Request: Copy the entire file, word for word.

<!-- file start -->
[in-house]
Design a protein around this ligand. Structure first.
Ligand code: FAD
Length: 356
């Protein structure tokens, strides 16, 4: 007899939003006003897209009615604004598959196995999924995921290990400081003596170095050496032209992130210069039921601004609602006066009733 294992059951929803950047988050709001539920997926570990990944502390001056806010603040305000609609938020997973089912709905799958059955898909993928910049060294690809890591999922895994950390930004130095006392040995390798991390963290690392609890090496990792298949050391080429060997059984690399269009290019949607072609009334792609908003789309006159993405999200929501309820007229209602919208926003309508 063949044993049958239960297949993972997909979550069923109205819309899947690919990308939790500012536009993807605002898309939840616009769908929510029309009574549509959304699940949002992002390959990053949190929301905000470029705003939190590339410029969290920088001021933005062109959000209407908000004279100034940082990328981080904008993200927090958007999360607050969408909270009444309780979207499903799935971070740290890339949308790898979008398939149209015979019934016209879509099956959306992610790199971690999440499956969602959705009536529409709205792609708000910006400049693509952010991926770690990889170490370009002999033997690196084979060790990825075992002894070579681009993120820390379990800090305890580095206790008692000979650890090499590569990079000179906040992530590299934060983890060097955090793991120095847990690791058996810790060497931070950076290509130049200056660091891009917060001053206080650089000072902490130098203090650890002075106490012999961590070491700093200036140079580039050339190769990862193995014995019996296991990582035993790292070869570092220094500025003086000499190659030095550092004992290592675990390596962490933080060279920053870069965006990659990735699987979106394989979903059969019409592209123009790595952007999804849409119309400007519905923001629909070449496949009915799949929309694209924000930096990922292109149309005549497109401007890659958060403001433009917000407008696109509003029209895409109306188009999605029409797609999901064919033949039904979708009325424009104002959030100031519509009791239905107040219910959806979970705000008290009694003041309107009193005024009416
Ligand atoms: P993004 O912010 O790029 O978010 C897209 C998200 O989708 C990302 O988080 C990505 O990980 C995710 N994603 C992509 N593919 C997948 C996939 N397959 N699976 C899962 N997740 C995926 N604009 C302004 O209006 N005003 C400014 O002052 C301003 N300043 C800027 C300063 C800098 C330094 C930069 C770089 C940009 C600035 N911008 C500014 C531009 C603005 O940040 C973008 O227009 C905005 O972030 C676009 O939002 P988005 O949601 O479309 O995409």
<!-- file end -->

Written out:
[in-house]
Design a protein around this ligand. Structure first.
Ligand code: FAD
Length: 356
């Protein structure tokens, strides 16, 4: 007899939003006003897209009615604004598959196995999924995921290990400081003596170095050496032209992130210069039921601004609602006066009733 294992059951929803950047988050709001539920997926570990990944502390001056806010603040305000609609938020997973089912709905799958059955898909993928910049060294690809890591999922895994950390930004130095006392040995390798991390963290690392609890090496990792298949050391080429060997059984690399269009290019949607072609009334792609908003789309006159993405999200929501309820007229209602919208926003309508 063949044993049958239960297949993972997909979550069923109205819309899947690919990308939790500012536009993807605002898309939840616009769908929510029309009574549509959304699940949002992002390959990053949190929301905000470029705003939190590339410029969290920088001021933005062109959000209407908000004279100034940082990328981080904008993200927090958007999360607050969408909270009444309780979207499903799935971070740290890339949308790898979008398939149209015979019934016209879509099956959306992610790199971690999440499956969602959705009536529409709205792609708000910006400049693509952010991926770690990889170490370009002999033997690196084979060790990825075992002894070579681009993120820390379990800090305890580095206790008692000979650890090499590569990079000179906040992530590299934060983890060097955090793991120095847990690791058996810790060497931070950076290509130049200056660091891009917060001053206080650089000072902490130098203090650890002075106490012999961590070491700093200036140079580039050339190769990862193995014995019996296991990582035993790292070869570092220094500025003086000499190659030095550092004992290592675990390596962490933080060279920053870069965006990659990735699987979106394989979903059969019409592209123009790595952007999804849409119309400007519905923001629909070449496949009915799949929309694209924000930096990922292109149309005549497109401007890659958060403001433009917000407008696109509003029209895409109306188009999605029409797609999901064919033949039904979708009325424009104002959030100031519509009791239905107040219910959806979970705000008290009694003041309107009193005024009416
Ligand atoms: P993004 O912010 O790029 O978010 C897209 C998200 O989708 C990302 O988080 C990505 O990980 C995710 N994603 C992509 N593919 C997948 C996939 N397959 N699976 C899962 N997740 C995926 N604009 C302004 O209006 N005003 C400014 O002052 C301003 N300043 C800027 C300063 C800098 C330094 C930069 C770089 C940009 C600035 N911008 C500014 C531009 C603005 O940040 C973008 O227009 C905005 O972030 C676009 O939002 P988005 O949601 O479309 O995409």